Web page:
At the beginning of 1971, I had one of my first life-altering decisions to make, where to go to college. My family had a short history with college. My Mom's parents, who grew up on the Cumberland Plateau in east Tennessee, only graduated the sixth grade. Dad's parents did not attend college either. So, my Mom and Dad were first generation college graduates. Both of them were school teachers and it was assumed that my siblings and I would attend and graduate college.
I was nominated to the Naval Academy with an invitation to play football by my congressman, Wayne L. Hayes. After much deliberation, I refused the nomination and looked toward Western Kentucky University. It was a family college. Dad graduated in 1924, my sister graduated in 1970 and my older brother was to begin his junior year. Dad still owned land in Kentucky so we all received in-state tuition. My first semester's tuition was $120 and my books were a little less than $100.
Dad drove me down to the campus, almost 500 miles away and I was set free on campus. Almost immediately, I found some other newly freed freshmen and we located a football and organized a game. As it turned out my roommate did not show up so in a couple of days one of my new friends moved in.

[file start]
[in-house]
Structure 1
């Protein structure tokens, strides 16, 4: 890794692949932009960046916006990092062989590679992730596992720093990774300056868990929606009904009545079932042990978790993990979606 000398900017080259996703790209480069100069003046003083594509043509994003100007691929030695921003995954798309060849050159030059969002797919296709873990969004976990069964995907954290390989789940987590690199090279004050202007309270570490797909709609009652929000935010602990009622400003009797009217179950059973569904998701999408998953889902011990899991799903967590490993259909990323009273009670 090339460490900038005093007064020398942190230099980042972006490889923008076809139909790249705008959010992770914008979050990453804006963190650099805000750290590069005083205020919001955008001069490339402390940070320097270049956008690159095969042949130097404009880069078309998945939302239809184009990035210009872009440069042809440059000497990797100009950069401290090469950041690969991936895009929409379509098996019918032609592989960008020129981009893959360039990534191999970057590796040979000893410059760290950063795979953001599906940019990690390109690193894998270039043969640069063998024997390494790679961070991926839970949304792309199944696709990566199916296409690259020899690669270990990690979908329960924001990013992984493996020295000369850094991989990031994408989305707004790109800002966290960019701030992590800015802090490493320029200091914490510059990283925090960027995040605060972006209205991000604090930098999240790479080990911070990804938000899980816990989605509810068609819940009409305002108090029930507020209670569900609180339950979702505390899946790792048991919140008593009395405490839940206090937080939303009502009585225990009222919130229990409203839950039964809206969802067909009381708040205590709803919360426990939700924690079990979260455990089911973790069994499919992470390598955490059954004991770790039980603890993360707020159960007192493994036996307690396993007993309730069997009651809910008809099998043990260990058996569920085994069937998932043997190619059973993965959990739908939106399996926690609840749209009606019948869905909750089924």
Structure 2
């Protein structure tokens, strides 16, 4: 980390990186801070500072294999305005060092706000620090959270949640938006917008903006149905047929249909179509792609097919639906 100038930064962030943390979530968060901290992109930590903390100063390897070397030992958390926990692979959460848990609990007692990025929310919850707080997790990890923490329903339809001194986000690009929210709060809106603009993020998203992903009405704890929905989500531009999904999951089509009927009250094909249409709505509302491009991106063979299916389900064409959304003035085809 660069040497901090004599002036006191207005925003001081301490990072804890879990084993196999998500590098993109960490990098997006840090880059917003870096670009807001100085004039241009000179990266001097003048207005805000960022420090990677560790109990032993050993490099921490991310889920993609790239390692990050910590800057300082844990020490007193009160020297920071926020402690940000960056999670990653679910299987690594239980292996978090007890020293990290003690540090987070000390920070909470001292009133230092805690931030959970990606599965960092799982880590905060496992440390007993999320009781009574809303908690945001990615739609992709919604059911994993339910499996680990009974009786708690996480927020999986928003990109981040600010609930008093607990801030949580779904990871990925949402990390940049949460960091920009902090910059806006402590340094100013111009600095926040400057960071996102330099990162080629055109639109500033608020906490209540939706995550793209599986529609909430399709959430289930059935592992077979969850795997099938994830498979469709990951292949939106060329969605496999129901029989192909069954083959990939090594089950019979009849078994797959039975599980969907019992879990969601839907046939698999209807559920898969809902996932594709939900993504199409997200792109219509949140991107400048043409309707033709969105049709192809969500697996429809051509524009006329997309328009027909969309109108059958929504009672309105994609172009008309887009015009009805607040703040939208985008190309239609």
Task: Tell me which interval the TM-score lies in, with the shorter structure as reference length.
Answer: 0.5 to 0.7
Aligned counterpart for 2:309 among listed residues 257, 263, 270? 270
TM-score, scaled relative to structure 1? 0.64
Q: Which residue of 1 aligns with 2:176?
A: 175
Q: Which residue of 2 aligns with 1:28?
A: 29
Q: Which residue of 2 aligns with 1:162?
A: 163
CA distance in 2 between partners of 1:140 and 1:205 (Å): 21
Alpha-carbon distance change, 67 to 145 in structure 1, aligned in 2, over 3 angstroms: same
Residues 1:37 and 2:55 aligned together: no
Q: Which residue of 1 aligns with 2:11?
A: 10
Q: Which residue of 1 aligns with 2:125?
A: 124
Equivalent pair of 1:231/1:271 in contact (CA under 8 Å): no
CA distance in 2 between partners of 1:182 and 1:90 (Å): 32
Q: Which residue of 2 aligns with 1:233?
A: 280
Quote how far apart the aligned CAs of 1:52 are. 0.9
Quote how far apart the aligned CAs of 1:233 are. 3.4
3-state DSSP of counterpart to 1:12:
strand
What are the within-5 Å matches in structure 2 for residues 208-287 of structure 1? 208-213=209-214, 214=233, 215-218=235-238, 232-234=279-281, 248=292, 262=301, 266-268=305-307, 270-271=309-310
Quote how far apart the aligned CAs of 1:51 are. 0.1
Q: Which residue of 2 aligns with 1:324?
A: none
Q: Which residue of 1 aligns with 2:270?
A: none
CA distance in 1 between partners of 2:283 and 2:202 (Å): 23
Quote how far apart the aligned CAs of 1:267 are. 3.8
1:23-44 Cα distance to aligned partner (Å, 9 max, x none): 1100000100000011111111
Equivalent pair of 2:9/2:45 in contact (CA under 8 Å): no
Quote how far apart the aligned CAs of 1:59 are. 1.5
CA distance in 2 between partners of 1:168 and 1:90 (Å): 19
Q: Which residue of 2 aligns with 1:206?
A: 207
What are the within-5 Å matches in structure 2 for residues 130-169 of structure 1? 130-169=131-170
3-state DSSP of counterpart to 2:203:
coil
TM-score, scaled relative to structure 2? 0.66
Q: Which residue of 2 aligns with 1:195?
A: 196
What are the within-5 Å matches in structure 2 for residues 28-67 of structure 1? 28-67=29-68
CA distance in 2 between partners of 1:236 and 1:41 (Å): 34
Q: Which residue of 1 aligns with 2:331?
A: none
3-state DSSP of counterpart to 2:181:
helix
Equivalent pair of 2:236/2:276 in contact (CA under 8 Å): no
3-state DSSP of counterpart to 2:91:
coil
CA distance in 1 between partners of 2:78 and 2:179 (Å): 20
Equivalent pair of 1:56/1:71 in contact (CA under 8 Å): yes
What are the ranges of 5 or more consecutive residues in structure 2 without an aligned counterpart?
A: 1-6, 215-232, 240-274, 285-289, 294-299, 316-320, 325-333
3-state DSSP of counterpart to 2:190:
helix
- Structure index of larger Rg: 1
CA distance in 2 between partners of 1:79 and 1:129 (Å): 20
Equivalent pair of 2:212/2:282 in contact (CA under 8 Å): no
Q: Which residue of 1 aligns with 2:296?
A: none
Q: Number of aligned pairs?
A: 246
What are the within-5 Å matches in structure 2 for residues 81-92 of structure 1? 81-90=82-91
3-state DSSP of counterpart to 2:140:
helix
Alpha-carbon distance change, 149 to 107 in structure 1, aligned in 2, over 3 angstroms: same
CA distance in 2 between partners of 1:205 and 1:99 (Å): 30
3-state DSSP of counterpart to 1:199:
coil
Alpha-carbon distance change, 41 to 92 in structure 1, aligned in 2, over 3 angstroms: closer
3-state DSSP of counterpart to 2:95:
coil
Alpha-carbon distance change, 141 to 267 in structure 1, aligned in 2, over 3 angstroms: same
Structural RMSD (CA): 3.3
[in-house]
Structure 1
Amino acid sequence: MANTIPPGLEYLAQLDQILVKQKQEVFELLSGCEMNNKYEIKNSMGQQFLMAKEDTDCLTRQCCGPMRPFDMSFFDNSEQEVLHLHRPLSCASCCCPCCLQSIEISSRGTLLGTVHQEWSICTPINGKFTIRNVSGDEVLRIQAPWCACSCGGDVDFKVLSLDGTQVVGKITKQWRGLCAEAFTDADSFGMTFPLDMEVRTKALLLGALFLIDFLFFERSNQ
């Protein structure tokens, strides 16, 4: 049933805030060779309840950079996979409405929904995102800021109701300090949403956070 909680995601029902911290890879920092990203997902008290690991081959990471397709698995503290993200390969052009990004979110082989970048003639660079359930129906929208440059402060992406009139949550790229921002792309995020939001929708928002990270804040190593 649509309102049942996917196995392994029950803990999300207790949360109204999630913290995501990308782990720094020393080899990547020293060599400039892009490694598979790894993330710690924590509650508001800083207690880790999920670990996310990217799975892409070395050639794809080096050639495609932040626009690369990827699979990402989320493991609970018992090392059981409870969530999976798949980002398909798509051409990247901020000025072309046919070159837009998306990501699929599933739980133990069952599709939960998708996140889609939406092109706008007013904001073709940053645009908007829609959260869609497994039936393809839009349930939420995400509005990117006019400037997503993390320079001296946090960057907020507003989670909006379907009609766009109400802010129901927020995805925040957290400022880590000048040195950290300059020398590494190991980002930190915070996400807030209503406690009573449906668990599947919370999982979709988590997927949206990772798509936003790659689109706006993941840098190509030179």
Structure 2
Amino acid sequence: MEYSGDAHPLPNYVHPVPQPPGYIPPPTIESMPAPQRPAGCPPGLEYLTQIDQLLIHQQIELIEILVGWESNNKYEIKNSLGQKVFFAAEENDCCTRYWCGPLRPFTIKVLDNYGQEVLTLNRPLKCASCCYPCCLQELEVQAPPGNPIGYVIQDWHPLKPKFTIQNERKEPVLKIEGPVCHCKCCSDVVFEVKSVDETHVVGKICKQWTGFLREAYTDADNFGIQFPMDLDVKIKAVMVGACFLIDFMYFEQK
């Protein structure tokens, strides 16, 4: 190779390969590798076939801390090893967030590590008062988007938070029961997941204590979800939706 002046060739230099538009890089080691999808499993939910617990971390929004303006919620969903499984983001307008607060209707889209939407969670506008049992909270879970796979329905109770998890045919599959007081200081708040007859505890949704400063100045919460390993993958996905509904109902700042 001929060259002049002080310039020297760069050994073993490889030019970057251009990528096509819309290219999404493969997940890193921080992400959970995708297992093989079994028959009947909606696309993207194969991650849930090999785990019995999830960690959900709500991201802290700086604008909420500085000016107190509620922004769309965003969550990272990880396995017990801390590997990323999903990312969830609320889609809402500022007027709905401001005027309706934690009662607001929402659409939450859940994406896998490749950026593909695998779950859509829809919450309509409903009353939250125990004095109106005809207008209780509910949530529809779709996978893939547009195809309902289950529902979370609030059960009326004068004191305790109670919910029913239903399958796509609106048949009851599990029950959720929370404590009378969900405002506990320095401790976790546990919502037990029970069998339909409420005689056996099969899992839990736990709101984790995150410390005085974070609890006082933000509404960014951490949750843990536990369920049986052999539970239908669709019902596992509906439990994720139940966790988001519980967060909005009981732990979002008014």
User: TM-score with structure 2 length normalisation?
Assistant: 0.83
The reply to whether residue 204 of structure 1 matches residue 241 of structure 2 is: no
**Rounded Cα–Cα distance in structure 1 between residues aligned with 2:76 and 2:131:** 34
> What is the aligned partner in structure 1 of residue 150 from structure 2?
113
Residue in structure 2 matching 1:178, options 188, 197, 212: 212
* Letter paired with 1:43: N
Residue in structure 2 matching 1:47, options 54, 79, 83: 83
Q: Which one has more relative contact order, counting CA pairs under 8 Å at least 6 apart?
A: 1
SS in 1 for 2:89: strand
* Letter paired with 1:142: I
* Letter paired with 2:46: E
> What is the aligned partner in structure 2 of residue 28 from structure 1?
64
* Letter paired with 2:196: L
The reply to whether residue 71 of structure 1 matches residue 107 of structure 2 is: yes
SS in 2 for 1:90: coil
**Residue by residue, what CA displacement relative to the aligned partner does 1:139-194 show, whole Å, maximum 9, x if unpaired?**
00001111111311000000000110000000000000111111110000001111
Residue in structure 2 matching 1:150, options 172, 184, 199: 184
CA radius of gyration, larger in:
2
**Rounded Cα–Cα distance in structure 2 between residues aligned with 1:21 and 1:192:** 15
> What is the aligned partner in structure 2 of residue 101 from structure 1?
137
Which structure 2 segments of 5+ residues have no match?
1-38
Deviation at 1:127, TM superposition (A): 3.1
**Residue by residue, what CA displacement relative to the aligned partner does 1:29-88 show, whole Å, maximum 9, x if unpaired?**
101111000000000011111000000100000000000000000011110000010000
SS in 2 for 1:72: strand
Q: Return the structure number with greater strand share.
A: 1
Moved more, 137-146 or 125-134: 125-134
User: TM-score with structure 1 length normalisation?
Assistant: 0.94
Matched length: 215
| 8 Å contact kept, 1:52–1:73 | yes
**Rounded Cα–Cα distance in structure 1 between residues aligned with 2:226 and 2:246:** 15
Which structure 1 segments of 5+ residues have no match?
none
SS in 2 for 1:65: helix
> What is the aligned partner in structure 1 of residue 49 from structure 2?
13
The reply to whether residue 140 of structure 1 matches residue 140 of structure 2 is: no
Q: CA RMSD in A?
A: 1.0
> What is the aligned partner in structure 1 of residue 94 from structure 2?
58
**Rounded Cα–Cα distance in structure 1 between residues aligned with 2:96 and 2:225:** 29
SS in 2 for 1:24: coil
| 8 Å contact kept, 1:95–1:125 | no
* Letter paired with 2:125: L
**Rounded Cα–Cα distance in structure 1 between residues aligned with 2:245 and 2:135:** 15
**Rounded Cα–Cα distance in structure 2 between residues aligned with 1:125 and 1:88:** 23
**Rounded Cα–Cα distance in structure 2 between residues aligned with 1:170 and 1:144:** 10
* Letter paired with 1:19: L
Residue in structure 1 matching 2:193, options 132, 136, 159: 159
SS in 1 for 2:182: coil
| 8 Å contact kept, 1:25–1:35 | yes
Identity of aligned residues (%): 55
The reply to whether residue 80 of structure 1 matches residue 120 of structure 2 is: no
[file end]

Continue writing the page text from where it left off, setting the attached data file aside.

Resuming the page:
I had a new pair of corduroy pants and a piece of zebra felt material. I unstitched the legs of the pants and sewed triangular pieces of the zebra material in from the knee down, making them bell-bottoms. I bought a curved Swiss pipe for my trips across campus. You could see me a mile away with my high school athletic jacket, exotic bell-bottoms and a stream of smoke rising from my pipe. I thought I was really cool. But I am sure I was the source of more than one giggle. I could have just put a sign on my back saying, "I'm a freshman."
I made a 3.11 grade point average, the lowest of my college career, due too much extracurricular activity. The next semester I moved to Morehead State University, which was 200 miles closer to my sweetheart back home. After my second semester, I spent a year working in a coal mine, another year in college at Campbellsville College, and then eight more years in the coal mine.
As I think back on those early days, at least a couple of lessons were worthy of learning, although it took me several other serious decisions to understand these lessons. First, with somewhat rash decisions, I dramatically impacted my future opportunities. My life would have been very different had I attended the Naval Academy or stayed at Western Kentucky University. Every decision we make takes us in a specific direction and creates a new set of possibilities. Also, my awareness of the perceptions that others had of me was probably pretty low. My bell-bottoms were probably not as cool as I thought.
R. Glenn Ray, Ph.D., is the president of RayCom Learning. To learn more about Ray's new book, "Tons of Stone above my head: Coal Mining Stories with Leadership Lessons," visit his Web site, www.raycomlearning.com. Everyday Leadership appears each Wednesday on the Business page.